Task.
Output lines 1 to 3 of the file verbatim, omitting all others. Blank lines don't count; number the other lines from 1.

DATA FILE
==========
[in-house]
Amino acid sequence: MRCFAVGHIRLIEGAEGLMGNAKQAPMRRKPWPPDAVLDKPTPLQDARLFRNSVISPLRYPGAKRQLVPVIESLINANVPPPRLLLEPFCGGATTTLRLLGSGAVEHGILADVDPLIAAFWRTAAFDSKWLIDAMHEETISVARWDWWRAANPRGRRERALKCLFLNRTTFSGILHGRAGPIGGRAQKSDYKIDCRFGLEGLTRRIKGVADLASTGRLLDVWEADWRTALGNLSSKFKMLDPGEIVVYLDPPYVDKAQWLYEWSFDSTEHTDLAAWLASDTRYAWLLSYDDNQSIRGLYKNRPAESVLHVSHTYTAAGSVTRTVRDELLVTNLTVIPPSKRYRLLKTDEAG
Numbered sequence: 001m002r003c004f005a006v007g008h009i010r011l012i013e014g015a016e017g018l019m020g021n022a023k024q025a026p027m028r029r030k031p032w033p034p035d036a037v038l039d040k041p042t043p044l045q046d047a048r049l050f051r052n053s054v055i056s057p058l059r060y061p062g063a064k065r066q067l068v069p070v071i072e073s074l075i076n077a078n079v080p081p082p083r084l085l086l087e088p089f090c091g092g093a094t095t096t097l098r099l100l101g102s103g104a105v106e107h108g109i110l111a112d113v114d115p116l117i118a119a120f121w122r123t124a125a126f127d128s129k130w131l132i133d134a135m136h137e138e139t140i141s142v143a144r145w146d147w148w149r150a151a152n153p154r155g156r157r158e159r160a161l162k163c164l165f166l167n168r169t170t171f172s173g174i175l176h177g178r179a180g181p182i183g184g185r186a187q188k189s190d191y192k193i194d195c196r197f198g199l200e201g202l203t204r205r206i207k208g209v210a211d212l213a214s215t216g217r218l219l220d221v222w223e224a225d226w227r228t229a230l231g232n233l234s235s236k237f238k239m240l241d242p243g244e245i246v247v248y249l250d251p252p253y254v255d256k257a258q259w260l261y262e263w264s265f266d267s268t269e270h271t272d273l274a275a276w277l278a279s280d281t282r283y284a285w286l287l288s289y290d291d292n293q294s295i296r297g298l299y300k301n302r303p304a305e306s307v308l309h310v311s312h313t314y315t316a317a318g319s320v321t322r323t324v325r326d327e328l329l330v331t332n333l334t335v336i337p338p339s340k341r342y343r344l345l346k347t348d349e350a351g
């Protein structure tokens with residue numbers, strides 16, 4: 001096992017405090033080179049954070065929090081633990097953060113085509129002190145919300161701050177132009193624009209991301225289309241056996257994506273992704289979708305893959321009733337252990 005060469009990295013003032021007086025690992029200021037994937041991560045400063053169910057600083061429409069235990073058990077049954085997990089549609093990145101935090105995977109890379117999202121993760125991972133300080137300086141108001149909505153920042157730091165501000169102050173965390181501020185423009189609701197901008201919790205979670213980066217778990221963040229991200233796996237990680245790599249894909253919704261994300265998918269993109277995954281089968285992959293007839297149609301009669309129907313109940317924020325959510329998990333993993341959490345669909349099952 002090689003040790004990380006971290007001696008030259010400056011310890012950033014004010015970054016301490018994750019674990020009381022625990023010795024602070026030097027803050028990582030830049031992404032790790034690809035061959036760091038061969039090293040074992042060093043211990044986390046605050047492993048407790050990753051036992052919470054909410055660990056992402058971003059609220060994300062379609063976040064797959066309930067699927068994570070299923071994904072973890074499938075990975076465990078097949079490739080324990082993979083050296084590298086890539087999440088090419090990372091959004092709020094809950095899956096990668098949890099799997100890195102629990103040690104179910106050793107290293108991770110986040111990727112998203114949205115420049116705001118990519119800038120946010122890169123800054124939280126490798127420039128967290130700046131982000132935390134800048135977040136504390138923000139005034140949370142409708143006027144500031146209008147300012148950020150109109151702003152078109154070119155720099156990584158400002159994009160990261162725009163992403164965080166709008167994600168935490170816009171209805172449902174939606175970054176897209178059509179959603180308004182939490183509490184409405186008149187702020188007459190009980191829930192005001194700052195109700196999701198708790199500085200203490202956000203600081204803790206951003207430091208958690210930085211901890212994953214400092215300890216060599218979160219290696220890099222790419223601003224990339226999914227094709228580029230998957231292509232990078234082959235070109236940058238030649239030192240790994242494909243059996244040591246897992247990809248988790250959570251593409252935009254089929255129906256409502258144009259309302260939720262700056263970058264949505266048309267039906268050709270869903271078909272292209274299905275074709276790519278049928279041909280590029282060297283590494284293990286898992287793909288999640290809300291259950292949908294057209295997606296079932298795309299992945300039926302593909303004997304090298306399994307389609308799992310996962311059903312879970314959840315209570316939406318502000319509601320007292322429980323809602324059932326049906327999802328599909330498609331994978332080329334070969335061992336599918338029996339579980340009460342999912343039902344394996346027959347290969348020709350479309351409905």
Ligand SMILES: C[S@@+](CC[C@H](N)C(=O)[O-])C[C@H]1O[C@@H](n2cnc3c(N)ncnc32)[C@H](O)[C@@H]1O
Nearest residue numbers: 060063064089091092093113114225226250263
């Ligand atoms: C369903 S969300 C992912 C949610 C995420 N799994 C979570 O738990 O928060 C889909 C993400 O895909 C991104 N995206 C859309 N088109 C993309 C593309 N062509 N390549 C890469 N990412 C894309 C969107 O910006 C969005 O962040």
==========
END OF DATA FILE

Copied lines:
[in-house]
Amino acid sequence: MRCFAVGHIRLIEGAEGLMGNAKQAPMRRKPWPPDAVLDKPTPLQDARLFRNSVISPLRYPGAKRQLVPVIESLINANVPPPRLLLEPFCGGATTTLRLLGSGAVEHGILADVDPLIAAFWRTAAFDSKWLIDAMHEETISVARWDWWRAANPRGRRERALKCLFLNRTTFSGILHGRAGPIGGRAQKSDYKIDCRFGLEGLTRRIKGVADLASTGRLLDVWEADWRTALGNLSSKFKMLDPGEIVVYLDPPYVDKAQWLYEWSFDSTEHTDLAAWLASDTRYAWLLSYDDNQSIRGLYKNRPAESVLHVSHTYTAAGSVTRTVRDELLVTNLTVIPPSKRYRLLKTDEAG
Numbered sequence: 001m002r003c004f005a006v007g008h009i010r011l012i013e014g015a016e017g018l019m020g021n022a023k024q025a026p027m028r029r030k031p032w033p034p035d036a037v038l039d040k041p042t043p044l045q046d047a048r049l050f051r052n053s054v055i056s057p058l059r060y061p062g063a064k065r066q067l068v069p070v071i072e073s074l075i076n077a078n079v080p081p082p083r084l085l086l087e088p089f090c091g092g093a094t095t096t097l098r099l100l101g102s103g104a105v106e107h108g109i110l111a112d113v114d115p116l117i118a119a120f121w122r123t124a125a126f127d128s129k130w131l132i133d134a135m136h137e138e139t140i141s142v143a144r145w146d147w148w149r150a151a152n153p154r155g156r157r158e159r160a161l162k163c164l165f166l167n168r169t170t171f172s173g174i175l176h177g178r179a180g181p182i183g184g185r186a187q188k189s190d191y192k193i194d195c196r197f198g199l200e201g202l203t204r205r206i207k208g209v210a211d212l213a214s215t216g217r218l219l220d221v222w223e224a225d226w227r228t229a230l231g232n233l234s235s236k237f238k239m240l241d242p243g244e245i246v247v248y249l250d251p252p253y254v255d256k257a258q259w260l261y262e263w264s265f266d267s268t269e270h271t272d273l274a275a276w277l278a279s280d281t282r283y284a285w286l287l288s289y290d291d292n293q294s295i296r297g298l299y300k301n302r303p304a305e306s307v308l309h310v311s312h313t314y315t316a317a318g319s320v321t322r323t324v325r326d327e328l329l330v331t332n333l334t335v336i337p338p339s340k341r342y343r344l345l346k347t348d349e350a351g